13 August 2020

    Anthea Kemp

    Three women at the cutting edge of art and technology

    The internet needs to make more space for women innovating in the field of digital creativity.

    There’s a lot of room on the internet for men who use technology to push creative boundaries. We know, for example, that the world’s greatest “deepfake" artist - who works with hyper-realistic AI-generated video and images - is a man named Hao Li. We also know that Drew Skillman and Patrick Hackett accidentally invented Google Tilt Brush - a groundbreaking Virtual Reality painting tool - while trying to develop a VR chess application.  What most of us don’t know, however, are the names and stories of the women innovators and artists who are at the cutting edge of developments in art and technology. It’s time to change that! So here are three women who are trailblazing at the intersection of art and technology.




    Born and raised in Kenya, Jepchumba is a digital artist, technology activist, thought leader, and, most importantly,  founder of African Digital Art (ADA), a groundbreaking online platform for all things digital art in Africa. ADA is the place to go to discover tech-savvy artistic talent on the continent, and prides itself on profiling artists who are, in Jepchumba’s words, “changing the face of global culture”. Founded in 2011, ADA was the first platform of its kind and is still the only major online resource for digital art from Africa.

    As far back as 2012, Jepchumba was already listed by Forbes as one of the “20 Youngest Power Women in Africa,” and as one of The Guardian Africa’s “Top 25 Women Achievers.” Since then she has used her profile to advocate for more recognition for African digital creatives, growing ADA into the leading international platform for cutting edge creativity from Africa.

    Tegan Bristow

    South Africa


    Another pioneer on the African continent, Dr Tegan Bristow co-founded and is Director of the Fak’ugesi Digital Innovation Festival, an annual celebration of the sharpest minds and most daring projects in the field of digital technology in Africa. The festival takes place in Johannesburg, in the Tshimologong Digital Innovation Precinct in Braamfontein and will this year exist as an online-only experience. You can find more information about the festival here.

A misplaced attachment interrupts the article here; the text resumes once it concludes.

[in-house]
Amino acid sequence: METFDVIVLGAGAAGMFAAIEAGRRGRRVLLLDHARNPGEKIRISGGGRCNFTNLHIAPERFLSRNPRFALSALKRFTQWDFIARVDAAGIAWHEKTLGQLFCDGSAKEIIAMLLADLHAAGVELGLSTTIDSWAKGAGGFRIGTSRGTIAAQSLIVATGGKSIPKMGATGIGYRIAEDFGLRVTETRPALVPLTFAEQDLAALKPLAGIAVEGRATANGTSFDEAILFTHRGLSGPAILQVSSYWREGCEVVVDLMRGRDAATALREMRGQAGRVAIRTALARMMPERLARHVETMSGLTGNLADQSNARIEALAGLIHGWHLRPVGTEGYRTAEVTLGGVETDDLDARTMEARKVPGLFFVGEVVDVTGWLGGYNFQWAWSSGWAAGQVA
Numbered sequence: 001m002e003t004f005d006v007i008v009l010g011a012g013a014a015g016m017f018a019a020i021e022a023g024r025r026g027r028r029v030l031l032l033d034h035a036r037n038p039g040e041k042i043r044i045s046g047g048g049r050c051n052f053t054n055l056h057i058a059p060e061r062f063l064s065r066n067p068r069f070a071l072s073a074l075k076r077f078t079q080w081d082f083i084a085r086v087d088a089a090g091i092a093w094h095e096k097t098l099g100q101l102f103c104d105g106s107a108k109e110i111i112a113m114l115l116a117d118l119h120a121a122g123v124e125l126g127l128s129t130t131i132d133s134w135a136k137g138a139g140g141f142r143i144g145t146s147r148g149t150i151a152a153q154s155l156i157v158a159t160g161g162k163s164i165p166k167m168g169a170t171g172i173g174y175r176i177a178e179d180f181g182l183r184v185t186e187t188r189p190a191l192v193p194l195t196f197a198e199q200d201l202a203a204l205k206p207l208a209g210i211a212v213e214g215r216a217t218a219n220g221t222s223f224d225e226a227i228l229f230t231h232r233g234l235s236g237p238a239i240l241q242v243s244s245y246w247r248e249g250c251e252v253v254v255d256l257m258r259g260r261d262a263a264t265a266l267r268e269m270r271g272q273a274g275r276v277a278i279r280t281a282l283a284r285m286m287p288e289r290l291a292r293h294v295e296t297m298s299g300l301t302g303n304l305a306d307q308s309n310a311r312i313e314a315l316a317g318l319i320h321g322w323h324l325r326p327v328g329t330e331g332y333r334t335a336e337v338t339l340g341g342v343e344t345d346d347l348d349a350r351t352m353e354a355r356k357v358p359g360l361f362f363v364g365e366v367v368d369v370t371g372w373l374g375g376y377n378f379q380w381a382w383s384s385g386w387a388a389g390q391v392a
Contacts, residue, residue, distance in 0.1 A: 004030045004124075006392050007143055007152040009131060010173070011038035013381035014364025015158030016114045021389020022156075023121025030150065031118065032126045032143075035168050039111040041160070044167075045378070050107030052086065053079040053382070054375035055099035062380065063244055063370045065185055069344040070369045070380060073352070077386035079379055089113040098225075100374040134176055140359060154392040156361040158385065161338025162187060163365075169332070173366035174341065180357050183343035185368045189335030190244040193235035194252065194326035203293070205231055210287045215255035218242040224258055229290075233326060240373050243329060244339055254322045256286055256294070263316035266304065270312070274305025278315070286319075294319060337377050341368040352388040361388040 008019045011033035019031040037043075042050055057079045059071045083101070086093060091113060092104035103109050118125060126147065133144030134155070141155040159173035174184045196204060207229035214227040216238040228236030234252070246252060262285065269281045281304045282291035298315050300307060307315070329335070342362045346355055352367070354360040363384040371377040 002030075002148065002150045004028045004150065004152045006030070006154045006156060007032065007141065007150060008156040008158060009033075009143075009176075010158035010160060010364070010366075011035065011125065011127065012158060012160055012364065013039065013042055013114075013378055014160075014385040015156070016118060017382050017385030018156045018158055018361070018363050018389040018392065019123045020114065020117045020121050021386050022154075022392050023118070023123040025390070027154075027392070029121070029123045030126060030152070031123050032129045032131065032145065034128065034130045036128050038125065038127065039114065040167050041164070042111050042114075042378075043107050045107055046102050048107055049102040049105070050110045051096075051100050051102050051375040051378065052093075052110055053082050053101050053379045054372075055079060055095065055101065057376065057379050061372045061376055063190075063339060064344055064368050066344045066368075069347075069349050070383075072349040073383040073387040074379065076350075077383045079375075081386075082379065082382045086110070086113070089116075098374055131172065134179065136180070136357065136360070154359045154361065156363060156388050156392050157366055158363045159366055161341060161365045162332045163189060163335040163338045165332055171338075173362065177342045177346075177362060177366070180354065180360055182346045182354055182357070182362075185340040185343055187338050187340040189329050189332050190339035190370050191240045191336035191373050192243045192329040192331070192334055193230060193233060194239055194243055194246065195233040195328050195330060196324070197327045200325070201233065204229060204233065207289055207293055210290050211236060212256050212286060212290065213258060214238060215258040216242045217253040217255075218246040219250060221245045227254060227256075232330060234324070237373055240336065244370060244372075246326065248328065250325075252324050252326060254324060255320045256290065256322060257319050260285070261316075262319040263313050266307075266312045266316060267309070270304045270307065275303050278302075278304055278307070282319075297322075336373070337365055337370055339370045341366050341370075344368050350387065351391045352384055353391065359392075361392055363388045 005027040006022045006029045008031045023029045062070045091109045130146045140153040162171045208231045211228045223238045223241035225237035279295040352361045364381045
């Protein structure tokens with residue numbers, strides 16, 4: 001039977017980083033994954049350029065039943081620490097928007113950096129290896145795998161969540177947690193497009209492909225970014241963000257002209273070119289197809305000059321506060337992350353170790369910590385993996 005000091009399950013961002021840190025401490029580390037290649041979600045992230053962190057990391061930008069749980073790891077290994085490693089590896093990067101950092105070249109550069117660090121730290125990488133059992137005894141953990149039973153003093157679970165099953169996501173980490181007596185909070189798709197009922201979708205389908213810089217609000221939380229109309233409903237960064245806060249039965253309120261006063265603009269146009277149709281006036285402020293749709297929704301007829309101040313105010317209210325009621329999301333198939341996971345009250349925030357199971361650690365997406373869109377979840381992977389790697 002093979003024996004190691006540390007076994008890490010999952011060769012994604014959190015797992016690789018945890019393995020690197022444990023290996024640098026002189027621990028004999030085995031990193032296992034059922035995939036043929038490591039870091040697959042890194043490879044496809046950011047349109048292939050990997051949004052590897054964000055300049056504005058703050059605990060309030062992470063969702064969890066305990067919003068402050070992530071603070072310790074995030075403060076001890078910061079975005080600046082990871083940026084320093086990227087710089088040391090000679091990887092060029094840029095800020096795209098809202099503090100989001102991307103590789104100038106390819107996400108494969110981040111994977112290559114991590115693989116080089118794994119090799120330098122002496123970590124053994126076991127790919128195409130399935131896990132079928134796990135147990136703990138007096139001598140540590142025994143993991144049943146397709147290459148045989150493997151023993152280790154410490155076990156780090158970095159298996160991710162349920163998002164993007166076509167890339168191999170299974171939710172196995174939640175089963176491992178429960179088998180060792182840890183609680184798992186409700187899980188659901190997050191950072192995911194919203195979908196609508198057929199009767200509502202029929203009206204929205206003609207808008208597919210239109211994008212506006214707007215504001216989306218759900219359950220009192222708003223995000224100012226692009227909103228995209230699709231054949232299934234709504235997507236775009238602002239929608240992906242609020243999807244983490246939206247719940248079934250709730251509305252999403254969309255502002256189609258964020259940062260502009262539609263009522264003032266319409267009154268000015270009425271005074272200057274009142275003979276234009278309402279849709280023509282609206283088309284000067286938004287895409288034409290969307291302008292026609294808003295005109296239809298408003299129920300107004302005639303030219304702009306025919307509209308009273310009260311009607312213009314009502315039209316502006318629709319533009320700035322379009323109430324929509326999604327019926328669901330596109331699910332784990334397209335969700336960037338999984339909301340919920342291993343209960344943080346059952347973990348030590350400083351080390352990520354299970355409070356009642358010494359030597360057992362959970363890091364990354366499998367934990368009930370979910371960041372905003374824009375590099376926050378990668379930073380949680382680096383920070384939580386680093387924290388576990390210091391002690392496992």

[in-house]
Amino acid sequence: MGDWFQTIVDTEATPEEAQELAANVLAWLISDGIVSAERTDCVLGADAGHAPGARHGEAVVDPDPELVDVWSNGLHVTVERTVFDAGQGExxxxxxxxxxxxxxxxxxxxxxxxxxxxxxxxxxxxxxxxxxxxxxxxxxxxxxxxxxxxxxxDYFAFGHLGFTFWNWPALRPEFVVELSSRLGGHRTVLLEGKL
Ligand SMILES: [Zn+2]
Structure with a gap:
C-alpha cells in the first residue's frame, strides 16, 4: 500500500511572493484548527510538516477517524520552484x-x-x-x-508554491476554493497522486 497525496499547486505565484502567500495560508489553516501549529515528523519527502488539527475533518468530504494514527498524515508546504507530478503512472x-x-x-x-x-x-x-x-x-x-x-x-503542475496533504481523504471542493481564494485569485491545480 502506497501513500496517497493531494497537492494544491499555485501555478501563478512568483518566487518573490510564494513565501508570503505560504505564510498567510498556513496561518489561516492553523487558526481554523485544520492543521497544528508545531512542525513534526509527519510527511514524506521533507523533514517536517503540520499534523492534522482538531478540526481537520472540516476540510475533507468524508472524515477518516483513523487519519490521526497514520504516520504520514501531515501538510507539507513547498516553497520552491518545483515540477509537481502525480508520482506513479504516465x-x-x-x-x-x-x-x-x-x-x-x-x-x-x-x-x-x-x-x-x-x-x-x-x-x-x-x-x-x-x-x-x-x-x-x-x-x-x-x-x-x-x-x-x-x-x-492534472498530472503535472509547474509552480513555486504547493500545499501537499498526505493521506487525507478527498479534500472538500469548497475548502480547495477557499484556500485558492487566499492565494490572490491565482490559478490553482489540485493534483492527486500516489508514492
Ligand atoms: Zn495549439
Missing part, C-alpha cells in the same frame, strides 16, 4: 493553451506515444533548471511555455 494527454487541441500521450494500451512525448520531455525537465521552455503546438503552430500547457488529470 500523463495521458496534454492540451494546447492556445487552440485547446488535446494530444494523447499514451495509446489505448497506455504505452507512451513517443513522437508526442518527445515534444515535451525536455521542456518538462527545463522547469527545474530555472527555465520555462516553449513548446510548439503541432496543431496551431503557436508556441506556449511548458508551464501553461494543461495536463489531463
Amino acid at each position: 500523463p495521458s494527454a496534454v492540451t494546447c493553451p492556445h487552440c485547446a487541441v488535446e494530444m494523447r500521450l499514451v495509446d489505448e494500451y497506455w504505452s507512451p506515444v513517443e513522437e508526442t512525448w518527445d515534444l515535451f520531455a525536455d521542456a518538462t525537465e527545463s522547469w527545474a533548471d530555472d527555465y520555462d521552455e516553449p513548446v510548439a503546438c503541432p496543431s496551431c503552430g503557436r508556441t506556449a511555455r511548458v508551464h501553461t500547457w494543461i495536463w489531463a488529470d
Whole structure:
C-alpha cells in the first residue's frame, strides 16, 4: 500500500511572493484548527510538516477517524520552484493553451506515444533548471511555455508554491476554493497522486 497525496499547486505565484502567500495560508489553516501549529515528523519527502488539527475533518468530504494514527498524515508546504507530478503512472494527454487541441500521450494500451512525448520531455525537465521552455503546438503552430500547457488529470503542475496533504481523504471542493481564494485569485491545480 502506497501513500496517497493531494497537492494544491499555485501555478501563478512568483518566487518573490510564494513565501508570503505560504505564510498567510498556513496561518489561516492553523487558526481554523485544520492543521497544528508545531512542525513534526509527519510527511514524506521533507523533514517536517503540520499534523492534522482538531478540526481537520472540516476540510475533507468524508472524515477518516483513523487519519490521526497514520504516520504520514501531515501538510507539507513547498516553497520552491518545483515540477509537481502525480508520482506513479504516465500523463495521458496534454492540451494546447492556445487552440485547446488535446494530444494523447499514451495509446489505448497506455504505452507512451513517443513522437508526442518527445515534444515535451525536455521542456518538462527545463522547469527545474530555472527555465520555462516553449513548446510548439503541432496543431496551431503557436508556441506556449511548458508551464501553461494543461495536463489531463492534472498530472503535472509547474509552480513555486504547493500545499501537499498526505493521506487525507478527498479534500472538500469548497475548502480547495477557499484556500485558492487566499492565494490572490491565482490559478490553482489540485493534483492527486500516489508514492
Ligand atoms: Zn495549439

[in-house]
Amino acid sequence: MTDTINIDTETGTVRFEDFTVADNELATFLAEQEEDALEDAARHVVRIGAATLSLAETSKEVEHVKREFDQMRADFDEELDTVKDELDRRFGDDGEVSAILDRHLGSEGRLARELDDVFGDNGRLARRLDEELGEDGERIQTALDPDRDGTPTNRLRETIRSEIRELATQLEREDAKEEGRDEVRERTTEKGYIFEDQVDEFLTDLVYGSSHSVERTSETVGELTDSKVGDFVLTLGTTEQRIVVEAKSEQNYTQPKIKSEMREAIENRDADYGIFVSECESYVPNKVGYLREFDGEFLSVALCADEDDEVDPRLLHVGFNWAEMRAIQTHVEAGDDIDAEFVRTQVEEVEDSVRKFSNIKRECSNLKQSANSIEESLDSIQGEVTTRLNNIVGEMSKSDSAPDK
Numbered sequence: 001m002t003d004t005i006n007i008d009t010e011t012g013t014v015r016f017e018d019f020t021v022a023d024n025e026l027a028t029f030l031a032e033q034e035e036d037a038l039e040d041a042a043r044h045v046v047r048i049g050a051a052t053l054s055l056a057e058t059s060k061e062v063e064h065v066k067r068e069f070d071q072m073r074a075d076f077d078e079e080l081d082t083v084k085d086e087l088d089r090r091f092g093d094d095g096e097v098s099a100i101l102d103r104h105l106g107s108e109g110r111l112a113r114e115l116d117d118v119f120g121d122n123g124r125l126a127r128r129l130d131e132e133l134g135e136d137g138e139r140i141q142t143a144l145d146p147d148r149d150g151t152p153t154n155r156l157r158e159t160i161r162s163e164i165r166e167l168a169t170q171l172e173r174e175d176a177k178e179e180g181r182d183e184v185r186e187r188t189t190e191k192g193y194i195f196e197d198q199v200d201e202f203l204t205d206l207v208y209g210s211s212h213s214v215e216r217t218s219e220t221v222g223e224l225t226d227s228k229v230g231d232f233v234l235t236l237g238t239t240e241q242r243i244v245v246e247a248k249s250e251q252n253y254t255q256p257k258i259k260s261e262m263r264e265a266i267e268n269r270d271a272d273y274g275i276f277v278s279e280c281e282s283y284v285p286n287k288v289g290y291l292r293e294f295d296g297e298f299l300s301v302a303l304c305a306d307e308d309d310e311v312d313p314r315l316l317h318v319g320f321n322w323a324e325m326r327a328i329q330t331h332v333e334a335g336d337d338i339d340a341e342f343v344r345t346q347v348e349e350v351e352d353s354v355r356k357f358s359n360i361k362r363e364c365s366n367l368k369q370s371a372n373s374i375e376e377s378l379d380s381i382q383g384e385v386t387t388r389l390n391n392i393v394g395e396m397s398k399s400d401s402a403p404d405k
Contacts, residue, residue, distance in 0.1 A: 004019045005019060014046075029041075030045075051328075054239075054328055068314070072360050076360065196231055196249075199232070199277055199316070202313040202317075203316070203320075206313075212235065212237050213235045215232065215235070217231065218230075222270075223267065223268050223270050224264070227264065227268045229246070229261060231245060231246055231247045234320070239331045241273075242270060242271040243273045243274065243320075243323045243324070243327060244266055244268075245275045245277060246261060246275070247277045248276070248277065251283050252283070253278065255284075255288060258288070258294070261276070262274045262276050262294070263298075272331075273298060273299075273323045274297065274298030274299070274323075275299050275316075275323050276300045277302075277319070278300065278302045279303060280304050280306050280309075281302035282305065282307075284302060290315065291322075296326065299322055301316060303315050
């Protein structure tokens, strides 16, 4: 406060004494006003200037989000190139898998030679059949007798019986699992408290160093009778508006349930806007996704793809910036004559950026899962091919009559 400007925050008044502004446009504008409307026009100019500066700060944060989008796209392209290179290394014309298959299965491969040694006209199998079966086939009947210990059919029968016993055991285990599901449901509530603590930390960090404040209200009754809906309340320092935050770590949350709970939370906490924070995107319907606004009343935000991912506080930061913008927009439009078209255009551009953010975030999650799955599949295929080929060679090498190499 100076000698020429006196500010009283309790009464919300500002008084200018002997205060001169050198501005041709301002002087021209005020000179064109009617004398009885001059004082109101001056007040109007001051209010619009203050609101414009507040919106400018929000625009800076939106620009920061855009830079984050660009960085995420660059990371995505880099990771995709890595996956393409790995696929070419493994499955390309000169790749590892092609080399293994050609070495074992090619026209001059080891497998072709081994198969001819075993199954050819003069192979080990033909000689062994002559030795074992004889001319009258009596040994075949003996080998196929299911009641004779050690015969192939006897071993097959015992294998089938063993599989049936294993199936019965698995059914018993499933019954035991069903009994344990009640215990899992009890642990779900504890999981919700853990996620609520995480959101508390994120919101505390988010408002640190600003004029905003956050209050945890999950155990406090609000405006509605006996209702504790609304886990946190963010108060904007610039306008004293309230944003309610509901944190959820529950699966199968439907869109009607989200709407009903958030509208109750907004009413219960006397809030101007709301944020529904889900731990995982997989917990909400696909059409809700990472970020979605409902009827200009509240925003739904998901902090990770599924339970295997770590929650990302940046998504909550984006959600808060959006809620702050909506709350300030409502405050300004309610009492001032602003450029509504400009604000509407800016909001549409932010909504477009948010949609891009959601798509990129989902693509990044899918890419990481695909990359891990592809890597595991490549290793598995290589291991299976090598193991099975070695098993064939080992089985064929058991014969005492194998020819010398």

In addition to running Fak’ugesi, Bristow is a senior lecturer in Interactive Digital Media at the Wits School of Digital Art, and has mentored countless young digital creatives

    Sougwen Chung



    Can robots be artists? Chinese-born Canadian artist Sougwen Chung thinks so. This former MIT Media Lab Research Fellow collaborates with a small fleet of drawing robots to produce evocative abstract drawings and paintings that explore the thresholds of creativity. Chung’s robots  are each  equipped with a drawing arm and an optical unit, and are programmed to learn from her drawing gestures in real time. Collectively named D.O.U.G. (Drawing Operations Unit Generation_X) these robots “think” by drawing on a memory bank made up of previous drawings as well as examples of works by historic artists.

    Chung’s accomplishments are beginning to gain recognition. In 2019 she was awarded the Still Image Award in the prestigious Lumen Art Prize for an iteration of her ongoing work Drawing Operations (2018-ongoing). But there is still a long way to go in terms of wider acknowledgement of the breakthroughs this young artist is making at the intersection of art and technology.

    We hope the stories of these three women inspire you to uncover more female artists merging the world of art and technology.

    Anthea Kemp